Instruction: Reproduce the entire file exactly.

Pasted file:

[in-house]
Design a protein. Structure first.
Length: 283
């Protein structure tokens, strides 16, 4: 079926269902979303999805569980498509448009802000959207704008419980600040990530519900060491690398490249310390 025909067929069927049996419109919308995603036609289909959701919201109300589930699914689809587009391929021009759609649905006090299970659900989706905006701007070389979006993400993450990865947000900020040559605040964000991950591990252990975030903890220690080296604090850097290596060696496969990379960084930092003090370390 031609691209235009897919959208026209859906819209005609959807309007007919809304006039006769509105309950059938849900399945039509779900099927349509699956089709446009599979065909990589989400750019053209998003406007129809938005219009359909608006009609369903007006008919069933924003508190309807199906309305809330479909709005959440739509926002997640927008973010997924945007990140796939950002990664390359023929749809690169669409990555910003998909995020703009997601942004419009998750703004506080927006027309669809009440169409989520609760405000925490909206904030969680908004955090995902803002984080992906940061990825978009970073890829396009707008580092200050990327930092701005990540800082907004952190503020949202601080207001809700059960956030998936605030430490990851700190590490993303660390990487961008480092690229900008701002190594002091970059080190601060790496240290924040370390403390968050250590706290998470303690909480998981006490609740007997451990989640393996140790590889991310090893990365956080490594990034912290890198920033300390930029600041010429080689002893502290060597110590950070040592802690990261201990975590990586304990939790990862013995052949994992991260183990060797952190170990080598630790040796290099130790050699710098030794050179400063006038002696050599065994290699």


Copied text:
[in-house]
Design a protein. Structure first.
Length: 283
């Protein structure tokens, strides 16, 4: 079926269902979303999805569980498509448009802000959207704008419980600040990530519900060491690398490249310390 025909067929069927049996419109919308995603036609289909959701919201109300589930699914689809587009391929021009759609649905006090299970659900989706905006701007070389979006993400993450990865947000900020040559605040964000991950591990252990975030903890220690080296604090850097290596060696496969990379960084930092003090370390 031609691209235009897919959208026209859906819209005609959807309007007919809304006039006769509105309950059938849900399945039509779900099927349509699956089709446009599979065909990589989400750019053209998003406007129809938005219009359909608006009609369903007006008919069933924003508190309807199906309305809330479909709005959440739509926002997640927008973010997924945007990140796939950002990664390359023929749809690169669409990555910003998909995020703009997601942004419009998750703004506080927006027309669809009440169409989520609760405000925490909206904030969680908004955090995902803002984080992906940061990825978009970073890829396009707008580092200050990327930092701005990540800082907004952190503020949202601080207001809700059960956030998936605030430490990851700190590490993303660390990487961008480092690229900008701002190594002091970059080190601060790496240290924040370390403390968050250590706290998470303690909480998981006490609740007997451990989640393996140790590889991310090893990365956080490594990034912290890198920033300390930029600041010429080689002893502290060597110590950070040592802690990261201990975590990586304990939790990862013995052949994992991260183990060797952190170990080598630790040796290099130790050699710098030794050179400063006038002696050599065994290699």